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Town Notices

Selectmen's Meeting, Town Hall, Thursday, July 19, 2018, 6 p.m.

Selectmen's Meeting, Town Hall, Monday, July 30, 2018 7 p.m.

Building Committee Meeting, Town Hall, Thursday Evening, July 19, 2018, 7 PM

Selectmen's Workshop, Town Hall, Tuesday, July 24, 2018, 6:00 p.m.

SELECTMEN'S OFFICE Hours: Monday, Tuesday, Thursday, Friday 8:00 a.m. to 3:00 p.m.
Wednesday, Closed to the Public.

TOWN CLERK'S Office Hours: Monday, 8:30 to 3:00 p.m. AND 6:00 to 8:00 p.m.
Tues.,Wed.,Thurs. 8:30 a.m. to 3:00 p.m.
CLOSED FRIDAYS

Municipal Messages                  

 

The first issue tax bills of 2018 have been mailed out.   They are due on July 12, 2018.  If for some reason you haven't received yours, please contact the office to get a copy.

Second quarter water bills are also out and due on July 26.

Consumer Confidence Report 2018 - Carroll Water Works - This year's water report is available here online and also available at the Town Hall.

2018 dog licenses are now available!  All dogs must be licensed  by April 30, 2018.   Please present current rabies certificates at time of registration.
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           ***  BLACK BEAR MITIGATION  *** 

 

                             

 

 

Good Afternoon, 
Our office (USDA Wildlife Services) works closely with the NH Fish and Game Department to mitigate human-bear conflicts throughout the state. We are reaching out to towns in NH in the hopes that we can get some information about black bears and mitigating bear concerns on town website and Facebook pages. 
Prime black bear habitat includes deciduous forests (oaks, maple, beech etc.), wetlands, and riparian (along rivers) zones. The natural areas surrounding your town provide very good habitat for black bears.  Many human-bear conflicts arise when bears frequent properties to access food attractants that are found around homes.  The most common attractants are birdfeeders, unsecured garbage, and compost piles which include food scraps.  Livestock, such as chickens and pigs, can also attract bears when not properly protected. Electric fencing is the most effective way to protect livestock.  In most cases removing the attractant the bear(s) are utilizing eliminates the bear problem.  It is also helpful to harass bears with noise, such as banging pots and pans, or using compressed air horns to scare them away.  
https://wildlife.state.nh.us/wildlife/bears/index.html  
https://wildlife.state.nh.us/wildlife/bears/faqs.html
http://www.wildlife.state.nh.us/wildlife/profiles/black-bear.html
http://wildlifehelp.org/animals/new-hampshire
 
Bears & Chickens:
https://www.youtube.com/watch?v=89tVkq0R-wQ
 
Bears & Birdfeeders:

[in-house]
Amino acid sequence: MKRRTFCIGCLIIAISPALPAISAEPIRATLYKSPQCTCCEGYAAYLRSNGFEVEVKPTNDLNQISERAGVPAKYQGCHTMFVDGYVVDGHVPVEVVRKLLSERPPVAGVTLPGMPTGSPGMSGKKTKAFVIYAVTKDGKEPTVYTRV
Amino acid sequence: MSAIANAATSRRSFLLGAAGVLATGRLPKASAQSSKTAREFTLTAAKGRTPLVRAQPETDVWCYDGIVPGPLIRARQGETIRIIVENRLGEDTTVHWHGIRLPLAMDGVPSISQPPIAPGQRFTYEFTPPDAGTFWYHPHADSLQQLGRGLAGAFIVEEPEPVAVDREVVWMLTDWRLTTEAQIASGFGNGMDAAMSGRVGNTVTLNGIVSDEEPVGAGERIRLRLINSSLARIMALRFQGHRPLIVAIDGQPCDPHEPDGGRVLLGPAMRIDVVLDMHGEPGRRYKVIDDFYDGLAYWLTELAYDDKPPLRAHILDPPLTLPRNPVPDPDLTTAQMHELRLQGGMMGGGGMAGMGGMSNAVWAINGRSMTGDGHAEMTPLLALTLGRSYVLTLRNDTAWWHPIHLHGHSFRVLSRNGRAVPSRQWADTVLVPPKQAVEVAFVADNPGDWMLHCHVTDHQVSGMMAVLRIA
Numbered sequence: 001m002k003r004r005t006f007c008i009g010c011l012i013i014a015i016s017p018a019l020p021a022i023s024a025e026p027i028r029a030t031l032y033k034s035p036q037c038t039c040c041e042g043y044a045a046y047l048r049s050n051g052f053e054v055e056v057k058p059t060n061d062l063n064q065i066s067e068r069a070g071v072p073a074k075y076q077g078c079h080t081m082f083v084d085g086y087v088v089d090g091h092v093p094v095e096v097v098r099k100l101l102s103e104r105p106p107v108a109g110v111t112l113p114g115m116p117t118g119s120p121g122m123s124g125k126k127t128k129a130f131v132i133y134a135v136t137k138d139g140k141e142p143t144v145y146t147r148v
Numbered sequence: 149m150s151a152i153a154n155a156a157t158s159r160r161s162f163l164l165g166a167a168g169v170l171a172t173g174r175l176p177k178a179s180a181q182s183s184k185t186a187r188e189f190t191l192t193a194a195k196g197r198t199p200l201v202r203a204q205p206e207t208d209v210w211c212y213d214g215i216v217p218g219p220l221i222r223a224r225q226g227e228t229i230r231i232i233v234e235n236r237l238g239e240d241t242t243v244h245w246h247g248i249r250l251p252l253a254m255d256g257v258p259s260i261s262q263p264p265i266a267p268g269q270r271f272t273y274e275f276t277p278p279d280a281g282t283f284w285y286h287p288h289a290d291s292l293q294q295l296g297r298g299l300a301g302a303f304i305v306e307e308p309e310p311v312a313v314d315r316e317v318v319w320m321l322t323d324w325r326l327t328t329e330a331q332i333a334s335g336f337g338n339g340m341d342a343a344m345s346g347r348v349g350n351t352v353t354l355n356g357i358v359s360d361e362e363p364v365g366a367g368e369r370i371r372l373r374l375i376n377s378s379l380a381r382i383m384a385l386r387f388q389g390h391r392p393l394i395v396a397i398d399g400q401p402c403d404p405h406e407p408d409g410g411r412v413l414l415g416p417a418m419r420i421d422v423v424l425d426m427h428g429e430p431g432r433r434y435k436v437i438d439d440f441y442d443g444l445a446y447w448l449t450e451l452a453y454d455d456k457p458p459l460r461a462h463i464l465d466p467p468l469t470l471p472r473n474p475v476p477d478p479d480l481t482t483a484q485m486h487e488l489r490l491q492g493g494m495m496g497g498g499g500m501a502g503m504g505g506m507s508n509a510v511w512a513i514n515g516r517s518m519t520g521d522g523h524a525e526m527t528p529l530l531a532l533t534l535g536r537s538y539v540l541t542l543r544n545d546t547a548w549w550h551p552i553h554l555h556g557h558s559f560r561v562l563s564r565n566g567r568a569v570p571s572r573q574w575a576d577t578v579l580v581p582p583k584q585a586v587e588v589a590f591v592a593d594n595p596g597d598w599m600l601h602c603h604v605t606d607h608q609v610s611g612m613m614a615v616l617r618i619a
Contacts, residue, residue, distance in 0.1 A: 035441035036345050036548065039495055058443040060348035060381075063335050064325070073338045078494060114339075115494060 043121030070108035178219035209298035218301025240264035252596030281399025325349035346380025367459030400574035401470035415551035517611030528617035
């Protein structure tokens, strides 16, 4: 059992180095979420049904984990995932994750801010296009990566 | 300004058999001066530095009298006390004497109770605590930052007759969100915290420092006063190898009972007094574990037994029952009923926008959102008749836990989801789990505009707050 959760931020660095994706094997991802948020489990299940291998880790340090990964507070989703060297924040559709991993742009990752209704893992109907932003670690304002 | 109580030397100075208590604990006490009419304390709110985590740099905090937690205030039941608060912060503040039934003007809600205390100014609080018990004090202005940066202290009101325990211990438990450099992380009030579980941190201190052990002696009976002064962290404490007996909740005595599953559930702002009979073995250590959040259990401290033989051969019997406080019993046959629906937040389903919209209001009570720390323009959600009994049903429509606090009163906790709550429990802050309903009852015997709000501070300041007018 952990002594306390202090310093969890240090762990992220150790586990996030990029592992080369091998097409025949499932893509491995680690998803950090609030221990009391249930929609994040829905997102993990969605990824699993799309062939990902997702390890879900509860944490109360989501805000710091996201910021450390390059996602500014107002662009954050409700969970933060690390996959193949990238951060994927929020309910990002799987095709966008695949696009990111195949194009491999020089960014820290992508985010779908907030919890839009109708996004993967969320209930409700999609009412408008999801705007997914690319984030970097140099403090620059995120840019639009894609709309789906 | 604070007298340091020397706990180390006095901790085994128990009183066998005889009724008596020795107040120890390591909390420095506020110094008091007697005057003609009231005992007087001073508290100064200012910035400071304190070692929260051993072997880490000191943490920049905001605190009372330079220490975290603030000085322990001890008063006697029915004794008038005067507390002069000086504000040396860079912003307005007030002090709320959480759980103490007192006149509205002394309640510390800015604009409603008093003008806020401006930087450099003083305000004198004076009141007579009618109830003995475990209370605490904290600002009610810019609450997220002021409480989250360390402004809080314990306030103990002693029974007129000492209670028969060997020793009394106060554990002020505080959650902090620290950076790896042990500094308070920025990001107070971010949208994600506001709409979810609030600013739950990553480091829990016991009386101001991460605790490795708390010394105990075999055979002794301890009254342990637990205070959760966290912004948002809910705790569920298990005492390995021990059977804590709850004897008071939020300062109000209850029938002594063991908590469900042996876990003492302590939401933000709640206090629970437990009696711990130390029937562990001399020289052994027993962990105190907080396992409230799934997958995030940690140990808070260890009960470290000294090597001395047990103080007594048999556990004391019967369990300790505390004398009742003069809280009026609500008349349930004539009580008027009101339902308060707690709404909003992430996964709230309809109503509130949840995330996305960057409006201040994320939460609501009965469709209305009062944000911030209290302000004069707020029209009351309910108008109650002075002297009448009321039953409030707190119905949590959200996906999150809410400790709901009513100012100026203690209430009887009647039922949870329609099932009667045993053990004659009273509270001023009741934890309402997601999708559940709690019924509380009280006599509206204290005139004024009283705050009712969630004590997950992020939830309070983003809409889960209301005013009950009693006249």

https://www.youtube.com/watch?v=V3SFCRFKR8w

 

Dumpsters:
https://www.youtube.com/watch?v=6JXbDPQ0d-U
 
Dumpsters 2:
https://www.youtube.com/watch?v=bKjpaoHqwZA
 
Thank you for your consideration.  
USDA Wildlife Services

 

                                                                                                         

 

 

Town Government News   

                                            
The results from the Town Meeting held March 13, 2018 are available here.



The 2017 results from the Town Meeting held March 14, 2017 are available here.
The 2016 results from the Town Meeting held March 8, 2016 are available here.  
The 2015 results from the Town Meeting held March 10, 2015 are available here.
The 2014 results from the Town Meeting held March 11, 2014 are available here.
The 2013 results from the Town Meeting held March 12, 2013 are available here.
The 2012 results from the Town Meeting held March 13, 2012 are available here.  

 

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Master Plan

The following is the presentation and results of the Workshop held on November 6, 2014 with regards to status of the Town Hall.   Please click on the links to be brought to the PDF.

The Master Plan Committee Survey has been completed with the results provided below.   This is from the mailing that went out to all property owners: 

Survey Presentation

Survey Results

Survey Comments

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 History

Under Governor John Wentworth, a Charter was granted February 8, 1772 to Sir Thomas Wentworth and others for a tract of land called Bretton-Woods, derived from the estate of the Wentworth Family in England called Bretton Hall.

By June 1830, the population was 150 people but was unincorporated having no representation in the legislature.  The residents petitioned the legislature to become a Town named Haven (apparently to honor Alfred W. Haven, Justice of the Peace of Bretton Woods.)

As of May 1831, the legislature had not acted upon the petition of Bretton-Woods to incorporate as a town.  Some of the original petitioners changed their minds and wanted to withdraw the petition.  The legislature ignored the petition and passed an Act signed into law on June 22, 1832 incorporating the Town of Carroll.

Charles Carroll of Maryland was a distinguished American of wide reputation and one of the signers of the Delcaration of Independence.  Thus, the Town of Carroll was incorporated which included the villages of Crawford's, Bretton Woods, Fabyans and Twin Mountain.

*obtained from And Then There Was One by George E. McAvoy, 1988